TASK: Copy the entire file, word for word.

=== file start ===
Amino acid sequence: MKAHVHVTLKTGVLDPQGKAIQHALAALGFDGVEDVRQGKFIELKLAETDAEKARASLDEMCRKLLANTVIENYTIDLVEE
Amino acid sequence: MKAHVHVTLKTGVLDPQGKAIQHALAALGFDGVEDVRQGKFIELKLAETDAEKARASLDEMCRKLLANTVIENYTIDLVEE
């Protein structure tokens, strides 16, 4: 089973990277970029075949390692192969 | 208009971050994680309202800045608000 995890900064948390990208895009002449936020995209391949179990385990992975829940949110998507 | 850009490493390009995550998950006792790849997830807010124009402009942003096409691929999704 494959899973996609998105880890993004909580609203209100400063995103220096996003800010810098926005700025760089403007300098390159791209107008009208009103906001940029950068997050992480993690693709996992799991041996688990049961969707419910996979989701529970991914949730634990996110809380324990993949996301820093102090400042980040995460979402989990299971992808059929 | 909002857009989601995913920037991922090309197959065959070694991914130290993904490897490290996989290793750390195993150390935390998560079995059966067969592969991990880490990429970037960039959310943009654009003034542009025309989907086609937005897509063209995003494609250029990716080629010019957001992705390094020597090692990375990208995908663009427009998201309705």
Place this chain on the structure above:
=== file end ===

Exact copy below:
Amino acid sequence: MKAHVHVTLKTGVLDPQGKAIQHALAALGFDGVEDVRQGKFIELKLAETDAEKARASLDEMCRKLLANTVIENYTIDLVEE
Amino acid sequence: MKAHVHVTLKTGVLDPQGKAIQHALAALGFDGVEDVRQGKFIELKLAETDAEKARASLDEMCRKLLANTVIENYTIDLVEE
């Protein structure tokens, strides 16, 4: 089973990277970029075949390692192969 | 208009971050994680309202800045608000 995890900064948390990208895009002449936020995209391949179990385990992975829940949110998507 | 850009490493390009995550998950006792790849997830807010124009402009942003096409691929999704 494959899973996609998105880890993004909580609203209100400063995103220096996003800010810098926005700025760089403007300098390159791209107008009208009103906001940029950068997050992480993690693709996992799991041996688990049961969707419910996979989701529970991914949730634990996110809380324990993949996301820093102090400042980040995460979402989990299971992808059929 | 909002857009989601995913920037991922090309197959065959070694991914130290993904490897490290996989290793750390195993150390935390998560079995059966067969592969991990880490990429970037960039959310943009654009003034542009025309989907086609937005897509063209995003494609250029990716080629010019957001992705390094020597090692990375990208995908663009427009998201309705």
Place this chain on the structure above: